If we compare the charts showing the number of cases and deaths and the chart illustrating the restrictions, we will see clearly that Taiwan’s success did not result from the severe nature of the restrictions, but from efficient policies. This efficiency depended largely on professional institutions, a clear strategy, transparent communication, and the trust that citizens had in the authorities and in one another.

Figure 4: Index showing restrictions during the COVID-19 pandemic in Poland (orange) and in Taiwan (blue).
Source: Oxford COVID-19 Government Response Tracker, Blavatnik School of Government, University of Oxford: https://www.bsg.ox.ac.uk/research/research-projects/covid-19-government-response-tracker

Professional institutions

The factors behind Taiwan’s successful response to the pandemic include the preparation of institutions. This pertains to the education of the right personnel, the construction of laboratory facilities, and institutional readiness. After the SARS epidemic in 2003, the authorities in Taiwan established the National Health Command Center (NHCC) in 2004. The NHCC includes the Central Epidemic Command Center (CECC), which focuses on epidemic response and acts as the operational command point during epidemic crises. This institution also coordinates direct communication between central, regional, and local authorities, as well as the measures aimed at containing the epidemic and taken by various ministries, including those responsible for  transportation, the economy, labor, and education. Importantly, this is an expert institution that operates within the framework of public organizations and receives support from the authorities, but it is independent of politicians.

Thanks to well-coordinated actions on the part of highly professional institutions, Taiwan quickly developed and implemented not only a general strategy, but also 124 specific preventive measures, including air and sea border control, case identification (with the use of new technologies), quarantine of suspicious and confirmed cases, proactive efforts to find infected individuals and contact tracing, management of the resources needed to fight the epidemic, public education coupled with the fight against misinformation, negotiations with other countries and regions, formulation of policies towards schools and childcare, and support for businesses. Our team called for the establishment of such an institution in Poland in Position Statement 13: Lessons from the Pandemic from March 2021: “It is necessary to establish a network of independent and interdisciplinary expert teams or institutions that would provide reliable analyses for public health purposes. Such a system of independent experts and institutions improves the monitoring of the authorities by the public and ensures that the actions being taken are transparent and rational.”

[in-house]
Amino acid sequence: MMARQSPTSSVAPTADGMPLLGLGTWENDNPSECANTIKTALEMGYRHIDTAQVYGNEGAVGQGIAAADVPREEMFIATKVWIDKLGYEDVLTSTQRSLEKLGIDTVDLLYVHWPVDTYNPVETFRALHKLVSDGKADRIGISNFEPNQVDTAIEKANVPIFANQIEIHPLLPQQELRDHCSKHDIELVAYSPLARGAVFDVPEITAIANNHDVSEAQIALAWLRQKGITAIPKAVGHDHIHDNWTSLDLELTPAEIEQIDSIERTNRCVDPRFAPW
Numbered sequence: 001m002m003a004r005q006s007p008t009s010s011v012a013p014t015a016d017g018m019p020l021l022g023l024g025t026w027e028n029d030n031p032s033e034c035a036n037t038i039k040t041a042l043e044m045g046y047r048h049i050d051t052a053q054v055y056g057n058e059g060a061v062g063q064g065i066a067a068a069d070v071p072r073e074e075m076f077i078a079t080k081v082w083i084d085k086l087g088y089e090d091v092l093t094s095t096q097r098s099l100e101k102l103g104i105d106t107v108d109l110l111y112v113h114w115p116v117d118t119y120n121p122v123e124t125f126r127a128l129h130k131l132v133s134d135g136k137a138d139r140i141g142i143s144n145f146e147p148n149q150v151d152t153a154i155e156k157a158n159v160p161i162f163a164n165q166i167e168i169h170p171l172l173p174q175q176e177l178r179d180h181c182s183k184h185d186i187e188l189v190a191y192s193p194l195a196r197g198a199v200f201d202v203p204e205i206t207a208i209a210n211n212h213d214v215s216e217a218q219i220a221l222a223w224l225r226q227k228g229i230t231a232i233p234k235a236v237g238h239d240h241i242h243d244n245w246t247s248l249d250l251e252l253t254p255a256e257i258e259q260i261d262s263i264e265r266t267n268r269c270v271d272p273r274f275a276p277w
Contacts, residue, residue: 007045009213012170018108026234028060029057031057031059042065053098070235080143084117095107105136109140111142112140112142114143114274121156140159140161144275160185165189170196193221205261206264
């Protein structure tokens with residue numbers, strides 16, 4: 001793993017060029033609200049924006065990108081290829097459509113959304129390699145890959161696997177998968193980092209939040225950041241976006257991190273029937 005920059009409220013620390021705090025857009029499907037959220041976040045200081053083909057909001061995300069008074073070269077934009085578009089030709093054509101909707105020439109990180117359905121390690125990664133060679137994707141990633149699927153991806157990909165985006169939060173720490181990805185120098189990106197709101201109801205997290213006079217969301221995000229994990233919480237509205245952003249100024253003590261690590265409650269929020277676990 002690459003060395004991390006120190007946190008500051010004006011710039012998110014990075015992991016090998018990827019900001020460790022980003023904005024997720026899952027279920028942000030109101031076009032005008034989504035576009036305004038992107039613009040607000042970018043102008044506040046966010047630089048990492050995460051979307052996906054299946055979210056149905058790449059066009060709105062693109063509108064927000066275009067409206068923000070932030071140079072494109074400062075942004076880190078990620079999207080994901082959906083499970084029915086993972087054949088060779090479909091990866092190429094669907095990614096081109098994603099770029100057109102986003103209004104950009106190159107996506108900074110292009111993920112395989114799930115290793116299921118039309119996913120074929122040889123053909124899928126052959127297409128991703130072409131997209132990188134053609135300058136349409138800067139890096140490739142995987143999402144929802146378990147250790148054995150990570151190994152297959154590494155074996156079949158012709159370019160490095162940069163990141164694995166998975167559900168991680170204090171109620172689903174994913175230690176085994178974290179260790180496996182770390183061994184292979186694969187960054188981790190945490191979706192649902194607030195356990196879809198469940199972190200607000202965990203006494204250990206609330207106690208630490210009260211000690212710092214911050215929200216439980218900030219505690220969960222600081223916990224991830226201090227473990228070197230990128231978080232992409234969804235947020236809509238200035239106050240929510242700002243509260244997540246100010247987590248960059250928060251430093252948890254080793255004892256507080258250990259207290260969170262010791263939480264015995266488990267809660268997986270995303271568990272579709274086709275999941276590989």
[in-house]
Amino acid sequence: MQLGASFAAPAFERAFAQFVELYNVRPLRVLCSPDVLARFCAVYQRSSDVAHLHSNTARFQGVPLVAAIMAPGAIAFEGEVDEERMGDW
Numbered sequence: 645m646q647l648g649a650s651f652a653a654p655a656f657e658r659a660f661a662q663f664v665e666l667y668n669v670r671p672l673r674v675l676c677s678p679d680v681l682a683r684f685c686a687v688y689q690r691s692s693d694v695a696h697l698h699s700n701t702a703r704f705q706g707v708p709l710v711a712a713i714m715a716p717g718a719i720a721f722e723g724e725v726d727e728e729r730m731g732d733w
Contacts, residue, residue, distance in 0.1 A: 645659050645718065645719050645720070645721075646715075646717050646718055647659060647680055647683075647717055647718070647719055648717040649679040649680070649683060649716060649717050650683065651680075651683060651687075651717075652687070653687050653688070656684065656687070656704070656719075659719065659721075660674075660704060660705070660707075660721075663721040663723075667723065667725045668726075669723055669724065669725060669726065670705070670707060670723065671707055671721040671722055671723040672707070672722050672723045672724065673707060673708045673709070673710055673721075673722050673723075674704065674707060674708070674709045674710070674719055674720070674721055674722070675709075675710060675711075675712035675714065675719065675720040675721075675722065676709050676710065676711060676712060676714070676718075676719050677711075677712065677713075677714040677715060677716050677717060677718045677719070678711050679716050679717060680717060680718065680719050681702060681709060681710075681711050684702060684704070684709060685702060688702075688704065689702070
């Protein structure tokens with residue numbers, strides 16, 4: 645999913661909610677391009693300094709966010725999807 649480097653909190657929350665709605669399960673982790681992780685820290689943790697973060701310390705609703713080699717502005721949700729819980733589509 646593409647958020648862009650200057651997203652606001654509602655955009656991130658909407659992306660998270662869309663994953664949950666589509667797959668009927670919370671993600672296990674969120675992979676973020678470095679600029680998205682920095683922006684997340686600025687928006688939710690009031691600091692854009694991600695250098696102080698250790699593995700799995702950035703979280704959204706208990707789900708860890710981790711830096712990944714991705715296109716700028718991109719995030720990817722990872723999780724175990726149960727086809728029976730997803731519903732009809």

In Poland, we are grappling with staff shortages in the Sanitary Inspectorate and in other institutions responsible for epidemic control. Monitoring remains poor, and only very basic pandemic data are made available to the public. This results from the chaotic creation of an information system already during the ongoing crisis. Creating a functioning monitoring system requires continuous efforts, not only on the part of IT specialists, but also – and perhaps especially – on the part of epidemiologists, diagnosticians, microbiologists, sociologists, psychologists, and public health experts.

The EU has institutions responsible for monitoring the epidemiological situation (the European Centre for Disease Prevention and Control, ECDC). However, the European monitoring system has repeatedly proved to be too slow, often due to the absence of adequate technical and human resources in member states, which has prevented the efficient communication of information to the European level. Likewise, an early warning system has been implemented by the World Health Organization (WHO) under the 2005 International Health Regulations (IHR). Under this system, each country has established a unit whose role is to monitor and assess events in terms of their significance for public health at the international level. However, Taiwan’s experience has shown that the provision of information alone may not be sufficient. Immediately after receiving reports of the outbreak of unusual respiratory infections, a team of experts from Taipei traveled to Wuhan to obtain additional information. A WHO team also visited Wuhan. The EU should also have a permanent mobile team that could support the EU countries in measures taken in response to unusual events of public health importance and simultaneously assess the situation from the perspective of the threat to our region, and representatives of Poland should be active members of such a team.

It is likewise necessary to have relatively uniform EU-wide standards of procedures for fighting the pandemic. For this reason, the development of such standards requires collaboration at the level of EU institutions and the relevant institutions in member states. We welcome the beginning of efforts to create a legal framework for new solutions, including those consolidating the role of the ECDC and EMA.